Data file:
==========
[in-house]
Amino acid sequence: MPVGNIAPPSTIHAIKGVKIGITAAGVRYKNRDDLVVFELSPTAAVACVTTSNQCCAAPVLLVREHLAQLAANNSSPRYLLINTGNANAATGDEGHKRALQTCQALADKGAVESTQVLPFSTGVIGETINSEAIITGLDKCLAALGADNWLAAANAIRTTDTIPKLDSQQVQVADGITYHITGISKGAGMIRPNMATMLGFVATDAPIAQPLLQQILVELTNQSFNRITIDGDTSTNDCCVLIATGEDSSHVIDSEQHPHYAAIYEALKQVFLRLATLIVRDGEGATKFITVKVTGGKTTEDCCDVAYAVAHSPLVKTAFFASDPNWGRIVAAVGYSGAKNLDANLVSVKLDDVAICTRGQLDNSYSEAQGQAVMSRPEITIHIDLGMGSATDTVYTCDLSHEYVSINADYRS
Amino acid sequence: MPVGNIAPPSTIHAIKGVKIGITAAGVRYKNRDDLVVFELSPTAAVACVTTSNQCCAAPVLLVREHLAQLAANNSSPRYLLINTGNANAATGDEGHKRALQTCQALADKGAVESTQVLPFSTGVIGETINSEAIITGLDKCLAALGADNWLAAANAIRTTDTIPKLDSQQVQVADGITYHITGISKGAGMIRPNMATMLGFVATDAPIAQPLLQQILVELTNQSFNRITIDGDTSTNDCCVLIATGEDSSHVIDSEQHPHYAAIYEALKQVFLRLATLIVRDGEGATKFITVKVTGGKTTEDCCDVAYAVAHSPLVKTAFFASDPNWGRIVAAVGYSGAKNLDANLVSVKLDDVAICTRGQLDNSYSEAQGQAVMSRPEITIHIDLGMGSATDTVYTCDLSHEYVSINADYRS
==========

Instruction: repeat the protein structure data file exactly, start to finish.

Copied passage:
[in-house]
Amino acid sequence: MPVGNIAPPSTIHAIKGVKIGITAAGVRYKNRDDLVVFELSPTAAVACVTTSNQCCAAPVLLVREHLAQLAANNSSPRYLLINTGNANAATGDEGHKRALQTCQALADKGAVESTQVLPFSTGVIGETINSEAIITGLDKCLAALGADNWLAAANAIRTTDTIPKLDSQQVQVADGITYHITGISKGAGMIRPNMATMLGFVATDAPIAQPLLQQILVELTNQSFNRITIDGDTSTNDCCVLIATGEDSSHVIDSEQHPHYAAIYEALKQVFLRLATLIVRDGEGATKFITVKVTGGKTTEDCCDVAYAVAHSPLVKTAFFASDPNWGRIVAAVGYSGAKNLDANLVSVKLDDVAICTRGQLDNSYSEAQGQAVMSRPEITIHIDLGMGSATDTVYTCDLSHEYVSINADYRS
Amino acid sequence: MPVGNIAPPSTIHAIKGVKIGITAAGVRYKNRDDLVVFELSPTAAVACVTTSNQCCAAPVLLVREHLAQLAANNSSPRYLLINTGNANAATGDEGHKRALQTCQALADKGAVESTQVLPFSTGVIGETINSEAIITGLDKCLAALGADNWLAAANAIRTTDTIPKLDSQQVQVADGITYHITGISKGAGMIRPNMATMLGFVATDAPIAQPLLQQILVELTNQSFNRITIDGDTSTNDCCVLIATGEDSSHVIDSEQHPHYAAIYEALKQVFLRLATLIVRDGEGATKFITVKVTGGKTTEDCCDVAYAVAHSPLVKTAFFASDPNWGRIVAAVGYSGAKNLDANLVSVKLDDVAICTRGQLDNSYSEAQGQAVMSRPEITIHIDLGMGSATDTVYTCDLSHEYVSINADYRS